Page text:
Fears “another Queenstown” will be built along Ladies Mile have been sparked by council concept plans revealed at a secret meeting on Monday.
What has been the rural, tree-lined entrance to Queenstown is already being transformed, as diggers carve up the south side of the state highway for the $500 million Queenstown Country Club retirement complex.
At Monday night’s invite-only meeting, local council planning boss Tony Avery, with lieutenant Blair Devlin, showed landowners and residents drawings of multi-storeyed, densely-packed buildings on the north side of Ladies Mile.
Attendees were told not to share the plans and the council refuses to release them to Mountain Scene
But shocked land owner Keri Lemaire-Sicre, who has lived at Ladies Mile Pet Lodge for 17 years, is speaking out, saying the planned density is similar to the downtown area.
“It’s going to be another Queenstown out here.”
OPENING SHOT: This carve-up’s going a mile too far
Avery says they are initial concept plans and landowners need to be consulted before the public. He adds: “We’re not trying to hide anything.”
Avery says the council is trying to be “a bit more proactive” about future growth options.
“This was an initial meeting with landowners, it’s not the end point.”
A year ago, Queenstown council staff were ordered to “master plan” urban development on Ladies Mile.
Avery confirms Monday’s meeting was about the master plan – but won’t confirm details.
Queenstown’s struggling with high house prices and calls for more affordable worker accommodation.
But it’s also under pressure from the government to increase the supply of houses, under a national policy statement passed last October.
Lemaire-Sicre worries the fast-track special housing area process – used for the retirement village across the road – might be used to boot her from her land.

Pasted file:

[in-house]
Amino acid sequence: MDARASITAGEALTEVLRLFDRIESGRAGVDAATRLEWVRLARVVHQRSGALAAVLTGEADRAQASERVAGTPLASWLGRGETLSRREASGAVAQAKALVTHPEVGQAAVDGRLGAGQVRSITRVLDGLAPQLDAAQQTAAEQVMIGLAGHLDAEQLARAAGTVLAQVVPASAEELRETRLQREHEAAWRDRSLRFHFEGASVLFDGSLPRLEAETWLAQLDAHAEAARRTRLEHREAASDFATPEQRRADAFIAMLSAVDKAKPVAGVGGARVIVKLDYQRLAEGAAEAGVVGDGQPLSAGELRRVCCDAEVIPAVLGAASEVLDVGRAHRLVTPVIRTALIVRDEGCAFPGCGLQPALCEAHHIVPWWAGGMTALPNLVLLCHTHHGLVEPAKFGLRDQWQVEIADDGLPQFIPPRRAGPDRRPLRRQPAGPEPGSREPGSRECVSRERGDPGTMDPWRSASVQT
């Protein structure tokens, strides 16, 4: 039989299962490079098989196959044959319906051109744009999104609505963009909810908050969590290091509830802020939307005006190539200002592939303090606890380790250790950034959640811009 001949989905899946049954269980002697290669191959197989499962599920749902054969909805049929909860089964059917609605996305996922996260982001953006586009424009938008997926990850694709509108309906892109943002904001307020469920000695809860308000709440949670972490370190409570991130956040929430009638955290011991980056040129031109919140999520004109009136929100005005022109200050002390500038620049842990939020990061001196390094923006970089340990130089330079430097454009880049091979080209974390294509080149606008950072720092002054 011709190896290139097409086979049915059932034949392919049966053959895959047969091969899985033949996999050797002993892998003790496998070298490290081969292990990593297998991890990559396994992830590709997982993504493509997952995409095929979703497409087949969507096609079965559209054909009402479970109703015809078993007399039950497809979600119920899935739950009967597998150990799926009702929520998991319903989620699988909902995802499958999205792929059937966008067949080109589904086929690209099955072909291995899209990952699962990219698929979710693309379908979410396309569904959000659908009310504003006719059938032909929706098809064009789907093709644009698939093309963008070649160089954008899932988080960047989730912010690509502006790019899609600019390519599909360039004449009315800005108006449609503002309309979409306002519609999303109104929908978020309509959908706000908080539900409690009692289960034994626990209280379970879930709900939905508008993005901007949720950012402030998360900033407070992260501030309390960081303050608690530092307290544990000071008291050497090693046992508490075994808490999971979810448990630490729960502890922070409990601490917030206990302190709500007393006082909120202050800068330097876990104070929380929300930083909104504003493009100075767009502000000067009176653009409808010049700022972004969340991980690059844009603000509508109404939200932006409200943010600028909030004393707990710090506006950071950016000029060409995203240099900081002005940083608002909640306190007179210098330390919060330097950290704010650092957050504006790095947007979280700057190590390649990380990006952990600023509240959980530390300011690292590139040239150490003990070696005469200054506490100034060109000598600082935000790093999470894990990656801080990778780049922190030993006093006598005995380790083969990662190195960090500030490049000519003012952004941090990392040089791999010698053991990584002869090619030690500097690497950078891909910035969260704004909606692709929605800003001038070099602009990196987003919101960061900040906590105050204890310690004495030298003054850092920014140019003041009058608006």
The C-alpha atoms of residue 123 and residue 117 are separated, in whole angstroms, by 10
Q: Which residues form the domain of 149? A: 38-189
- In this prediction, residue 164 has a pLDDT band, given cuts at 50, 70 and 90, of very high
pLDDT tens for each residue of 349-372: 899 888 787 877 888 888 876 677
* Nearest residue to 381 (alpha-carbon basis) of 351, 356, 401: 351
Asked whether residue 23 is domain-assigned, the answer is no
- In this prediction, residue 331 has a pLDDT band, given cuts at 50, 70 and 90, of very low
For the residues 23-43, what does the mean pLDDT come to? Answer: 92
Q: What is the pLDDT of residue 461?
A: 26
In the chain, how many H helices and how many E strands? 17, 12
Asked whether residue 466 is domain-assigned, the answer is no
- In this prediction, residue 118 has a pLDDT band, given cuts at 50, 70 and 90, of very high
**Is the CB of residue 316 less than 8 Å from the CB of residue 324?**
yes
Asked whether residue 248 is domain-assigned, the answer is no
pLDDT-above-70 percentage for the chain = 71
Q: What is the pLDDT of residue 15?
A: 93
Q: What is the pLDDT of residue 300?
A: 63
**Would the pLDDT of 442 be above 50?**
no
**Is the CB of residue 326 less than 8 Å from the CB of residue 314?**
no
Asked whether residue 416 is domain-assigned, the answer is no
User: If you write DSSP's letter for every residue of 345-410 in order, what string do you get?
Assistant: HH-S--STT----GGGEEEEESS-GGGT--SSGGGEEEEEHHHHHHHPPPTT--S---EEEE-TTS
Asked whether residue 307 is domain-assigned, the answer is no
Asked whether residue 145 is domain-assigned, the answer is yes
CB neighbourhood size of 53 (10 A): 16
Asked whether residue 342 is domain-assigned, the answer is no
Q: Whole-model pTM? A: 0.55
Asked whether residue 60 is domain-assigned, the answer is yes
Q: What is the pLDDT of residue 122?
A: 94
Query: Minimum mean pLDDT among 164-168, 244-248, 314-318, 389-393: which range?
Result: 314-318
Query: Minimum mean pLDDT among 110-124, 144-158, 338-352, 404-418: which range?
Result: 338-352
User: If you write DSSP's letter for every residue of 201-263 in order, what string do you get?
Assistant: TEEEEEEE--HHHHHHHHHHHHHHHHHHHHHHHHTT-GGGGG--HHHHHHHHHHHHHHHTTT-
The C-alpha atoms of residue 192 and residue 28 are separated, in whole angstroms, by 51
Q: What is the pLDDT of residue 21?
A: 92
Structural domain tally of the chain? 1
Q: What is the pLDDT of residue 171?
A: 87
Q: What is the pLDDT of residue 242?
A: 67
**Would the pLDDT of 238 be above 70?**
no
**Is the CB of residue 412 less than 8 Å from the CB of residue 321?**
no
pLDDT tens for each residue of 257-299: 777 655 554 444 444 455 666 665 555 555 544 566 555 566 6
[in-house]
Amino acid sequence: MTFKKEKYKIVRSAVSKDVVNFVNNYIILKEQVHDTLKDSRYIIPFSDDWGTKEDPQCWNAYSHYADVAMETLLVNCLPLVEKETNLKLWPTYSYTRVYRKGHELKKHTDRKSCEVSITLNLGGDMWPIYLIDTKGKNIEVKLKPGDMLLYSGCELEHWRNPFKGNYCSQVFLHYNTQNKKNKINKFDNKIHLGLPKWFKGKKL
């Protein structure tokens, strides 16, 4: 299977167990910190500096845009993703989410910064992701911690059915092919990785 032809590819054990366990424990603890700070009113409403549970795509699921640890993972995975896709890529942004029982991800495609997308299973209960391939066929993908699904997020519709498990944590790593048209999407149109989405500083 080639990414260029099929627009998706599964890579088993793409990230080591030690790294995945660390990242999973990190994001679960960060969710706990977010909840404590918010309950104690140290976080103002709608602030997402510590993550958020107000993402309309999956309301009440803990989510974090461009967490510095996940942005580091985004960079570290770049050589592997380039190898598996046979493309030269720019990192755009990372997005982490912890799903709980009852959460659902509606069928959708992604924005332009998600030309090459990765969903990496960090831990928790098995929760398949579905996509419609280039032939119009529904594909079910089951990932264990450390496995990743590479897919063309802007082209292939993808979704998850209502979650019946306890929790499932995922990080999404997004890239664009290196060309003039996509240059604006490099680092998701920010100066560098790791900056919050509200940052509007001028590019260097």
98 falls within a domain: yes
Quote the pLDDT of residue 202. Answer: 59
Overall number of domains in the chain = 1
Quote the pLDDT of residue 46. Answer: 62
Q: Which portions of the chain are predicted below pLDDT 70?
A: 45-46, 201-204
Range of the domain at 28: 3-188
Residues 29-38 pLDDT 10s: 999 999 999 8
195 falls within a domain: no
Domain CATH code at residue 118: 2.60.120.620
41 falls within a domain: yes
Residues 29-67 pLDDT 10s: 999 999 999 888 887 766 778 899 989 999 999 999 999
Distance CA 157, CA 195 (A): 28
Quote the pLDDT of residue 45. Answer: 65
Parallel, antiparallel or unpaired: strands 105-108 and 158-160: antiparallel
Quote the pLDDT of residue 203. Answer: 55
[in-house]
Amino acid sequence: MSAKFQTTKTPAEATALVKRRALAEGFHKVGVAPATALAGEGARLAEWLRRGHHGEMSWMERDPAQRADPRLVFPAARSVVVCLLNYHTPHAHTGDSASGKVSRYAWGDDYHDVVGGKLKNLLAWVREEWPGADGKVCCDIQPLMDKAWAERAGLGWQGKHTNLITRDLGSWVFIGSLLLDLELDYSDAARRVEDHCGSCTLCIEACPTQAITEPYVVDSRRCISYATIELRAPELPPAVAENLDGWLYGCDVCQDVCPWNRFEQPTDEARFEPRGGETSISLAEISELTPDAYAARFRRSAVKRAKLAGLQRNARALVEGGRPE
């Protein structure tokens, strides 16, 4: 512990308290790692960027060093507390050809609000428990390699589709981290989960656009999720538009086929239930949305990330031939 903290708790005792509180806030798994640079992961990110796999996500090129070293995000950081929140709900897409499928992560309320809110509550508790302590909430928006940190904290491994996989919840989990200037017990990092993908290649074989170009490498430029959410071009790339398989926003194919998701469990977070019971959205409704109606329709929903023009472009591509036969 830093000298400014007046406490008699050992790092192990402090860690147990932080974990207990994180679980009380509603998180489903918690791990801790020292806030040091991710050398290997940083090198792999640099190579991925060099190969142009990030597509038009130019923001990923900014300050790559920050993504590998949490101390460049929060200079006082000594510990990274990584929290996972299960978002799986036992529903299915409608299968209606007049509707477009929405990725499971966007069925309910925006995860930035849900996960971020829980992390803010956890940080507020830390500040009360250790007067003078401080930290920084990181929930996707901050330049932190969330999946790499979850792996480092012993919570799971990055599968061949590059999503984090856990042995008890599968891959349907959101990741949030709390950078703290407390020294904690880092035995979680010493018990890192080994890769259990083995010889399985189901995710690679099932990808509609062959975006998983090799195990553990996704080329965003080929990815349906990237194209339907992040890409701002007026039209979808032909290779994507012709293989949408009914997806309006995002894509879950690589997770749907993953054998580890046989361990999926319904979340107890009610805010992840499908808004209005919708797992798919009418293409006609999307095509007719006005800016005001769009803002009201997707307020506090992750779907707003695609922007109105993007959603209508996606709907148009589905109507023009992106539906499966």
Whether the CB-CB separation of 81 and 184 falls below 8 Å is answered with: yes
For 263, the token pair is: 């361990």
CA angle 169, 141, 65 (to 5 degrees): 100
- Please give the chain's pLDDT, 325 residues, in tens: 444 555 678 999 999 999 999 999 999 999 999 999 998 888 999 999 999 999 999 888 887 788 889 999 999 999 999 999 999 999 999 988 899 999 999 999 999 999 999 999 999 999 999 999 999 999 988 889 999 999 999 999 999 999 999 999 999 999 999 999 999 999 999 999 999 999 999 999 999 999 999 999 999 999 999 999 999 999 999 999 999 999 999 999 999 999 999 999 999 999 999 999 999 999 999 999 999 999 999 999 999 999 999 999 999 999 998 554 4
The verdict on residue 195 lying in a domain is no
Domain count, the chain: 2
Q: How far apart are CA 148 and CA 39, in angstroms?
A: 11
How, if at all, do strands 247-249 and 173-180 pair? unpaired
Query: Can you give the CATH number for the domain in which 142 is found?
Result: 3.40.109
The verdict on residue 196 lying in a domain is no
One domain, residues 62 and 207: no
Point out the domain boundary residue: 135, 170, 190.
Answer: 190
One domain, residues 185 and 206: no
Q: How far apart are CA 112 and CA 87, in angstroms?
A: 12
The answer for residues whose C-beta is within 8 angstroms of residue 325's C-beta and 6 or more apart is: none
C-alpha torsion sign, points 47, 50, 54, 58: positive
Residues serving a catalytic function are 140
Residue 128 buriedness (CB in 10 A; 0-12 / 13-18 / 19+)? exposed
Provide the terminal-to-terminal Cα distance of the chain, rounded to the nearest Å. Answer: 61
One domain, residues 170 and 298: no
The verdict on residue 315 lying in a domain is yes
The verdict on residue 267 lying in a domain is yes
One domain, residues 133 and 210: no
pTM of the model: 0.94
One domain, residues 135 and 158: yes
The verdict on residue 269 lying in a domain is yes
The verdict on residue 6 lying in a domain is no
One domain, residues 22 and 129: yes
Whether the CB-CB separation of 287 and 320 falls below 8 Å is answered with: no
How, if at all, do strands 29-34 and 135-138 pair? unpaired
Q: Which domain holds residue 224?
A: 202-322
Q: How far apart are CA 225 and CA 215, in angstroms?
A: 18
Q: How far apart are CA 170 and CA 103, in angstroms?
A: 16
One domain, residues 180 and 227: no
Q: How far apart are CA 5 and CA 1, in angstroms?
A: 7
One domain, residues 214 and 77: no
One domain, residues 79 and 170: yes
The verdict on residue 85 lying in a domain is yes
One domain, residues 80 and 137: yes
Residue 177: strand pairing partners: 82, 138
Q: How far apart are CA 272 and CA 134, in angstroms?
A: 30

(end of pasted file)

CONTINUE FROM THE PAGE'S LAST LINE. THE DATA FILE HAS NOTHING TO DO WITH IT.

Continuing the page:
She describes it as “housing at any cost”.
“I think everybody in the town needs to know that process is going to make the town an absolute ramble of homes and infrastructure that doesn’t fit.”
She says the council concept plans had a commercial area stretched back to Slope Hill “servicing a few thousand people” plonked right on top of land Lemaire-Sicre’s pet lodge currently occupies.
Queenstown Country Lodge boss Fiona Shearer, who was also at the meeting, says Ladies Mile is the wrong place for dense development.
“I think it’s just going to make the whole entrance to Queenstown look quite built-up and ugly.”
Arborist David Finlin, who’s lived on Ladies Mile for three years, is keeping mum. He says the council asked meeting attendees to keep opinions to themselves until another meeting was held with those on the south side of the highway.
Shotover Country developer Grant Stalker, whose proposed 207-section Glenpanel subdivision was knocked back by the council as a special housing area last year, couldn’t be reached on Wednesday.
Ladies Mile owners expect those plans to be dusted off – although Avery says no new SHA application has been made.
Avery didn’t know when his Ladies Mile report will go to councillors.
“There will be a full public discussion about it when it’s ready to come back to the council with a report that outlines the issues and the full options.”
The council is expected to call a meeting with landowners on the south side of Ladies Mile in the coming days.